Chettinad – the heart of Tamil Nadu

Chettinad is kind of a holiday. Simple life, villages, small markets and great food. Chettinad cuisine is considered one of the finest in India, even tough it is not as well known as the Hyderabadi-, or North Indian cuisine. Fact is that the use of spices is nowhere as complex as here. Thats why we decided to put a big table into the kitchen so you can chat with the chefs directly, while enjoying your lunch. Just make sure you stay at Visalam.

Being here is taking a cycle and ride trough the quite village lanes, to visit small local handicrafts, where they show you how a Sari is woven, or at another place how floor tiles are made. Having a stroll trough the weekly market is another really happy experience. Chitchat with the banana seller and marvel at the variety of veggies at offer. Of course even here in Chettinad there is no escape from Shiva, but why would you, after all, he has so many forms. Here in the villages, he is worshipped at Ayyanar the protector of the fields. He rides a horse and not his Nandi bull as usual. And his temples are really worth a visit. The shrines are simple, and the entrance is kind of cute. Lines of funnily grinning terra cotta horses line the way to the shrine. They are offered by the communities each year as a thank you for a good harvest.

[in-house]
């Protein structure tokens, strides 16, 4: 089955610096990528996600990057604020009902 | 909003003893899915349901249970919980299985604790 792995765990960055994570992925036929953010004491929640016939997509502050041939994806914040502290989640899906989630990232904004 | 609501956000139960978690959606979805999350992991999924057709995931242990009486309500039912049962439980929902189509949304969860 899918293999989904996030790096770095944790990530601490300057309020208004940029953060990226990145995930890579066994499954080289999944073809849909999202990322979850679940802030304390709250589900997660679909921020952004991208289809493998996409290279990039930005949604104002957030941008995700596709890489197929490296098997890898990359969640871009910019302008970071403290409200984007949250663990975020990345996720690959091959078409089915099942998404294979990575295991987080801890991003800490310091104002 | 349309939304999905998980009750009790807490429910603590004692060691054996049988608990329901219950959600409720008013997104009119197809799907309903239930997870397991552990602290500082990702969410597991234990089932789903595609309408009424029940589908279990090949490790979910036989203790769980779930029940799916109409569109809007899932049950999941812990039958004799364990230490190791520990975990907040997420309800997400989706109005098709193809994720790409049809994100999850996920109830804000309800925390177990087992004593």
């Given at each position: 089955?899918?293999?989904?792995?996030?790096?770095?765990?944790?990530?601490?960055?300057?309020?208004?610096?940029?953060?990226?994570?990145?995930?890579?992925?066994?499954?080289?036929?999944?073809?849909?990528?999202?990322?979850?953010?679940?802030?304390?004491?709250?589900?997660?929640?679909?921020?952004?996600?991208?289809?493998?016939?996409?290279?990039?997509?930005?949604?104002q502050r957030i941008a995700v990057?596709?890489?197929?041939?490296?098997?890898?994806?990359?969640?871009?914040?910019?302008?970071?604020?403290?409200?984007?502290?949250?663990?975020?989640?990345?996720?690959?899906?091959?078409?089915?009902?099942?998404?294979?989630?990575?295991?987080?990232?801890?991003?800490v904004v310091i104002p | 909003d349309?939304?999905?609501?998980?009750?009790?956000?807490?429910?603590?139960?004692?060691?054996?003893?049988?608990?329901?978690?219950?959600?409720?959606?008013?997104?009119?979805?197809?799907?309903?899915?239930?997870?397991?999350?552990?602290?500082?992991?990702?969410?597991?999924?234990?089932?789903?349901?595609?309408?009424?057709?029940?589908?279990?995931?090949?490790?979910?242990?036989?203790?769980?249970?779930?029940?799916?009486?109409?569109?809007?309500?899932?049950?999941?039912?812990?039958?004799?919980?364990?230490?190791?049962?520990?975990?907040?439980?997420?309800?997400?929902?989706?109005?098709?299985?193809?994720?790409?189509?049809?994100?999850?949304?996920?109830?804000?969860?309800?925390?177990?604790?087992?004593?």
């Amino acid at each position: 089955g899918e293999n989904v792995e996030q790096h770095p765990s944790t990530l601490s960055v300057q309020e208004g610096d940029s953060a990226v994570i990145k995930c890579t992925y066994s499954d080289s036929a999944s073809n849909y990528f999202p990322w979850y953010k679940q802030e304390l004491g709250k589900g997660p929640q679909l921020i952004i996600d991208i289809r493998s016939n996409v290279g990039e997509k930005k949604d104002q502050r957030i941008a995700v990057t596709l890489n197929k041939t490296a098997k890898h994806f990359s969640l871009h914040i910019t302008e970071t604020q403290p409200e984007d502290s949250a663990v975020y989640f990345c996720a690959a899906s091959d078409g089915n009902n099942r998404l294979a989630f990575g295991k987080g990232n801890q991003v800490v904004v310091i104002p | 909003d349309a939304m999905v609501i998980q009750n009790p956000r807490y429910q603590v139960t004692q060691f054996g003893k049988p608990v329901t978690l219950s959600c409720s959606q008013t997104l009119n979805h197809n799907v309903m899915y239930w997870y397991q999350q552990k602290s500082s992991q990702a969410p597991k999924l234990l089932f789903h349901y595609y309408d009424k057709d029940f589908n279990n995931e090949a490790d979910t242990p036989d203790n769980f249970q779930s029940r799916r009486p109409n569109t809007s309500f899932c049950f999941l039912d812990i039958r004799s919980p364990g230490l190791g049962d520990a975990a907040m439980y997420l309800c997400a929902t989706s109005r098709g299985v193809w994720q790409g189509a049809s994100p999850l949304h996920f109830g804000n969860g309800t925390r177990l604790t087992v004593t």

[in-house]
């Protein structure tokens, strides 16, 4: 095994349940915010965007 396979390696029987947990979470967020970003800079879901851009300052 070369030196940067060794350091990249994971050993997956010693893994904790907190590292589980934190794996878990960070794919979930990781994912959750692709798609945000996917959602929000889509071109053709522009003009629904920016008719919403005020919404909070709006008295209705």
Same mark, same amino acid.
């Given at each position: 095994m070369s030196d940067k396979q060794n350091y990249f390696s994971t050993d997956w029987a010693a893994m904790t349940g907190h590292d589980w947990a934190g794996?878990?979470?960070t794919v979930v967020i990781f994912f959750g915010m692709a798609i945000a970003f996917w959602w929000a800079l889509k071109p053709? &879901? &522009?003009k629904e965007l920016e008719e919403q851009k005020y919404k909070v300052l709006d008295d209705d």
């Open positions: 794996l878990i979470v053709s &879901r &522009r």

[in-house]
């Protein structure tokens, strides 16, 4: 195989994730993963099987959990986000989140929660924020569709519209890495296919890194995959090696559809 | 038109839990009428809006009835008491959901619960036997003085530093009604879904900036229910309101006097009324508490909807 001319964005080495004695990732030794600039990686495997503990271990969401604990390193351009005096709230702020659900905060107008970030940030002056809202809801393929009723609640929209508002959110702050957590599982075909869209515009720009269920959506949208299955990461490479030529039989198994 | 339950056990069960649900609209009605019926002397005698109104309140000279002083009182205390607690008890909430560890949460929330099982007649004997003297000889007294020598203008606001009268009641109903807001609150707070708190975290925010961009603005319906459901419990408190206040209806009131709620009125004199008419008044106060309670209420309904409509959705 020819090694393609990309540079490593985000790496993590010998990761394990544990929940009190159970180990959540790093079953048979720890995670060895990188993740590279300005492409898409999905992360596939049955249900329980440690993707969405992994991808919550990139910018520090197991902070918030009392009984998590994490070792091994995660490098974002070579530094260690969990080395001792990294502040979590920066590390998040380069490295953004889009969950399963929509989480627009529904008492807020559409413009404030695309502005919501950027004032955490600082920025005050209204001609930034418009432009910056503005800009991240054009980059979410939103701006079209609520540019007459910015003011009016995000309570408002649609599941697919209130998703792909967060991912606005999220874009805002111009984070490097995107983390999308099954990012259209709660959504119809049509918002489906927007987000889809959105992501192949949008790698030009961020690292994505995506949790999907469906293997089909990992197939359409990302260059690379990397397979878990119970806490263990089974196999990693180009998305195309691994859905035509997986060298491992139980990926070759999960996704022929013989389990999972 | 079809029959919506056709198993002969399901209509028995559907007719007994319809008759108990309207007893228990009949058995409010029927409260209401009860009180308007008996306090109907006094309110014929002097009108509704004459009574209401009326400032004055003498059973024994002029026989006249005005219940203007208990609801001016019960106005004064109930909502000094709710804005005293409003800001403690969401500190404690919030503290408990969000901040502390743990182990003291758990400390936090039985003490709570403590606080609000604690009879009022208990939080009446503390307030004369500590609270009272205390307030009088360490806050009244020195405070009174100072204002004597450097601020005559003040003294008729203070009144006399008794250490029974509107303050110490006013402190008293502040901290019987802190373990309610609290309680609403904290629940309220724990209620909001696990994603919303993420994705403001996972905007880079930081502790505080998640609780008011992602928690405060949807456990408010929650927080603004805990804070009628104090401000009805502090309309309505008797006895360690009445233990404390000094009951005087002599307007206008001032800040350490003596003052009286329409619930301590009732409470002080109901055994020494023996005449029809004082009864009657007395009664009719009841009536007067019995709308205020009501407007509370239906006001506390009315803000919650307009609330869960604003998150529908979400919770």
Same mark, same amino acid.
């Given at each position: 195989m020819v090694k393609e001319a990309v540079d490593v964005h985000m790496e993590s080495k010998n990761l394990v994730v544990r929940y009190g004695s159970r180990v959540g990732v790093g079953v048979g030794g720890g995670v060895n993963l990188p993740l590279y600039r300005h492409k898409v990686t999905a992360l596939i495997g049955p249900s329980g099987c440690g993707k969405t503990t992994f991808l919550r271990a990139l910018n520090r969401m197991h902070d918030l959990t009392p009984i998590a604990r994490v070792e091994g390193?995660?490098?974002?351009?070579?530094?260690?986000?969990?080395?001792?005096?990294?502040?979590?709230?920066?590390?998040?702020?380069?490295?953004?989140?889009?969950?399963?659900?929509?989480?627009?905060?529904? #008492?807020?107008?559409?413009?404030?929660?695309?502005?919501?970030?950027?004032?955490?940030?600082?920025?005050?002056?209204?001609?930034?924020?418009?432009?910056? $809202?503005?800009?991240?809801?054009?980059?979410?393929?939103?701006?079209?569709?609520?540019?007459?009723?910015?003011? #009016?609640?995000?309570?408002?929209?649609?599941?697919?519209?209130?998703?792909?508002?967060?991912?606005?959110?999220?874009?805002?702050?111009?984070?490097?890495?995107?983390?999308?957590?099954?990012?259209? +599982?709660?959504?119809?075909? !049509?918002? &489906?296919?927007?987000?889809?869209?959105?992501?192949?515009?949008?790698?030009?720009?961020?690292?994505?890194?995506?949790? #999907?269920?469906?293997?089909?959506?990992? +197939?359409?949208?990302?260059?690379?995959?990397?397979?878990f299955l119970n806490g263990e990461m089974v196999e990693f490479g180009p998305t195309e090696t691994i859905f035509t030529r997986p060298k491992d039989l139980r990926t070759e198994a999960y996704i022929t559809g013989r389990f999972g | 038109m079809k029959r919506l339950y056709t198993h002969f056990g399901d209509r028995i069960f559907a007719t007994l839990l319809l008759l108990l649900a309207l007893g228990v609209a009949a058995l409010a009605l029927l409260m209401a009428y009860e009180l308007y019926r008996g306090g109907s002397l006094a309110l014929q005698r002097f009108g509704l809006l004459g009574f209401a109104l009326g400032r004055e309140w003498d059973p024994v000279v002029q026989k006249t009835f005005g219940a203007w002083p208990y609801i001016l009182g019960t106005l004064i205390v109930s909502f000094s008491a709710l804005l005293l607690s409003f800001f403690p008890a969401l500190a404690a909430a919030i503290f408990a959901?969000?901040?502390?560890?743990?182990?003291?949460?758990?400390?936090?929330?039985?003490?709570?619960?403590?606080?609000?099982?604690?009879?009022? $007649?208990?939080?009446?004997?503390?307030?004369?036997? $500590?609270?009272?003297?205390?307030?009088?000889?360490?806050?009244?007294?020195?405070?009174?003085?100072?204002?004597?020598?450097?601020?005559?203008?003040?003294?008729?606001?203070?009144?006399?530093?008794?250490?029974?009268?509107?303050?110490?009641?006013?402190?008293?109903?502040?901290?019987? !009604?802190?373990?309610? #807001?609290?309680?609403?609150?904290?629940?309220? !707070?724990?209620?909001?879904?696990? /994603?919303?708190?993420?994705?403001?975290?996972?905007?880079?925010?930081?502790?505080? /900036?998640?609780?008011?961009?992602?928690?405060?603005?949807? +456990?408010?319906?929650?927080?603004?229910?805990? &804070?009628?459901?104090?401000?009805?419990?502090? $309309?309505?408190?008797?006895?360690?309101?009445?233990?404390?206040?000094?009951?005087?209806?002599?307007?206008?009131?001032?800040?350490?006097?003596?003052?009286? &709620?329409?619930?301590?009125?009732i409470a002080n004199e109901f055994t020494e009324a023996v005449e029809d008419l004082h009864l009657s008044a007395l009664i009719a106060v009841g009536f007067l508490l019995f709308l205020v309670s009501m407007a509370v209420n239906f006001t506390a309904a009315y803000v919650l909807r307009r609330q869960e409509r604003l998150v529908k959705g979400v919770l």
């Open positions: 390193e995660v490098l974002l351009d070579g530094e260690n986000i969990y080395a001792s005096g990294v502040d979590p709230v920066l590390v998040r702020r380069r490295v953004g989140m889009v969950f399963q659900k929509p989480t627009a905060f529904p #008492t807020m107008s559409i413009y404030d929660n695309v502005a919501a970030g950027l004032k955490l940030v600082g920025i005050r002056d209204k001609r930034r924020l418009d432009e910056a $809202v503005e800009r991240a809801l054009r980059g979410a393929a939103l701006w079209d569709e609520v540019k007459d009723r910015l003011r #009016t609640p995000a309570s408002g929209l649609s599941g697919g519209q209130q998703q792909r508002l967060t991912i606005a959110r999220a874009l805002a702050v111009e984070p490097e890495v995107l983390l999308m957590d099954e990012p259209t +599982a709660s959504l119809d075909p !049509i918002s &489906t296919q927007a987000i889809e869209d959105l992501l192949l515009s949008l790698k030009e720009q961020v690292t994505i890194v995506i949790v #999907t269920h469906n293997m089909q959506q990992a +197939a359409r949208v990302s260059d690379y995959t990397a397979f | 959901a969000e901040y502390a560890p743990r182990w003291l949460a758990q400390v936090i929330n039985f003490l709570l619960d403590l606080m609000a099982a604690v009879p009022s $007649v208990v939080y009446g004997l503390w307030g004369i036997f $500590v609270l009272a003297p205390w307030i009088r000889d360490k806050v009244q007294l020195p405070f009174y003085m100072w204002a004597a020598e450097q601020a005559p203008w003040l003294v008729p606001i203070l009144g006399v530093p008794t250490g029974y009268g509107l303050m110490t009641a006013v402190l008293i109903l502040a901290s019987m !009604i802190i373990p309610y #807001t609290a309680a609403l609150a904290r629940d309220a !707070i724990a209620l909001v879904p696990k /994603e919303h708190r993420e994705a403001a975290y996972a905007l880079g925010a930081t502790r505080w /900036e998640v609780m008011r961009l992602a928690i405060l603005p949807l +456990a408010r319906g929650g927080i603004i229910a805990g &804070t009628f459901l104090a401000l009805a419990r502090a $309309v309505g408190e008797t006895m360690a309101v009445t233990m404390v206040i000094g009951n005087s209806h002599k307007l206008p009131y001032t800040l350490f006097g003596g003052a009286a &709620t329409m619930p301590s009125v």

And of course if you come to stay with us at Visalam, we make sure that your experiences and excursions are guided by our local story tellers, because how else would you get that authentic flavour you are looking for?

In Chettinad stay at: http://www.cghearth.com/visalam

Simple kitchen in Indian Village

Simple kitchen in Indian Village

Simplicity, freshness and nature are the main ingredients for cooking in this simple Kitchen in Periyar, India

Village life, Rajasthan, India

Village life, Rajasthan, India

Its a hard life, Tibet, 1992

Its a hard life, Tibet, 1992

In the early 90ties, when I tok some groups to Tibet, we had a very funny episode in one of the villages we had stopped, involving the ladies from the village and one of the tourists of my group. The lady from my group was (forgive my words) a bit on the healthier side and brought along for convenient travel plenty of leggings and T-shirts. Her full figure, leggings and T-shirt made her look a bit like the female version of the Michelin man.

To our surprise, the ladies of the village gathered around her in wonder and amongst lots of giggles stared slapping and poking her. Especially her behind and other slightly over proportionate and independent moving parts. To them, this display of physical wealth seemed a source of delight. Quite understandably so, as they were all small, skinny and toughened by their daily hardships. In a life with hardly any sugar, saturated fat or any other source of nourishment for that matter, there is no such thing as obesity. The life of a tibetan farmer is a tough Karma, even if we bring along sometimes a bit of pleasure with our full frame xxl shapes, spoilt and sick by over eating and a perpetual life of gluttony.